The Bloomberg gauge of whether it’s a good time to buy also increased. The report showed sentiment improved for those making less than $15,000 a year, reaching the highest level since August.
“Better employment prospects and a reduced pace of firings in the economy has bolstered confidence in the broader economy,” said Joseph Brusuelas, a senior economist at Bloomberg LP in New York. “Improved sentiment among lower-income groups is particularly important and will likely support growth later this year.”
The labor market is also showing signs of picking up in Australia. The number of people employed full-time rose by 80,500 in February, the biggest increase since August 1991, after the country’s last recession.
The rebound in U.S. retail sales was broad-based with nine of 13 major categories showing increases. The gains were led by non-store retailers, which include Internet merchants such as Amazon.com Inc., indicating some customers were still struggling with poor weather and preferred to shop from the comfort of home. The category that includes purchases made online climbed 1.2 percent in February, the most since July 2013.
Other areas showing gains in February included sporting goods, where purchases increased 2.5 percent, and department stores, which showed a 0.7 percent gain. Both advances were the biggest since January 2013.
The South Atlantic region of the U.S. experienced the most snowfall during the second week of February since 1983 and New England registered the most in 20 years during the period, according to Planalytics Inc., a Berwyn, Pennsylvania-based weather-data provider. February’s winter blitz followed the chilliest January in three years.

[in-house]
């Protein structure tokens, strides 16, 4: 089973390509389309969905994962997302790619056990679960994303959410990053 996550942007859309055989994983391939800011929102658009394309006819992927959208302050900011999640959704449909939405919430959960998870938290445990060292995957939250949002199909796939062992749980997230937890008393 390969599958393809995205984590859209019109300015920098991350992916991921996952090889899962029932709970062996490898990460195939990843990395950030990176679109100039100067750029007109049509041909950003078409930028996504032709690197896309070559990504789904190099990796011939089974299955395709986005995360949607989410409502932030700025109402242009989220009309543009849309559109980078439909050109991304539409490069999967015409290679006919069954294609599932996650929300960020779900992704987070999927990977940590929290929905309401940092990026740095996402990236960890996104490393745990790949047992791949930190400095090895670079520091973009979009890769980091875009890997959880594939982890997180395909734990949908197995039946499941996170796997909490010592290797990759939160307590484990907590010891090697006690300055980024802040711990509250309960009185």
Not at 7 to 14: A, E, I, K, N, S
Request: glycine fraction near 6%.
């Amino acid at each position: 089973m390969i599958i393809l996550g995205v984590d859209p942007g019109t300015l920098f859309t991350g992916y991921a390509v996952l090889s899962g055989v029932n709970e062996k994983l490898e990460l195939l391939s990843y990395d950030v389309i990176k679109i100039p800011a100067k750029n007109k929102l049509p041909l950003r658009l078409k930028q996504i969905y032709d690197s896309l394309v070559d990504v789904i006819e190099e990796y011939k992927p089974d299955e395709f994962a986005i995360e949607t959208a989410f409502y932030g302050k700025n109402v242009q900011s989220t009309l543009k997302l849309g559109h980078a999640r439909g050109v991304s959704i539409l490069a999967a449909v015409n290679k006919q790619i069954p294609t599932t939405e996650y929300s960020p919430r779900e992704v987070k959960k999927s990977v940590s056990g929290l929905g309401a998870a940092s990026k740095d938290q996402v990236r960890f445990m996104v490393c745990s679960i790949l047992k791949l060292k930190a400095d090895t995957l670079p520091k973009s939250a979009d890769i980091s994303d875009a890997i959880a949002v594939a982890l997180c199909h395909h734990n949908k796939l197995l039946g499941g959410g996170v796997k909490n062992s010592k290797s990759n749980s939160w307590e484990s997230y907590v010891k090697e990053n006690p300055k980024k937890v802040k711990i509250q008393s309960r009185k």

The retail sales figures used to calculate gross domestic product, which exclude categories such as food services, auto dealers, home-improvement stores and service stations, showed a 0.3 percent increase in February after a 0.6 percent drop the prior month that was also larger than previously estimated, today’s report showed.
More jobs, higher home prices and strong equity returns may be giving consumers the means to spend, with household wealth rising by $2.95 trillion in the fourth quarter to a record $80.7 trillion, according to data from the Fed.
Macy’s Inc. is among businesses predicting that warmer weather will also bring a boost in sales.
“February started off like here we go again,” Terry Lundgren, chief executive officer at Macy’s, said at a conference on March 11. “All of a sudden, Valentine’s Day came and the business turned and also the weather began to normalize and not everywhere, but in certain parts of the country, and when it did, the business came right back.”
Fed Chair Janet Yellen last month said the central bank is likely to keep trimming asset purchases, even as it monitors recent reports to “try to get a firmer handle on exactly how much of that set of soft data can be explained by weather and what portion, if any, is due to softer outlook.”
Policy makers anticipate that “economic activity and employment will expand at a moderate pace this year,” she said to the Senate Banking Committee on Feb. 27.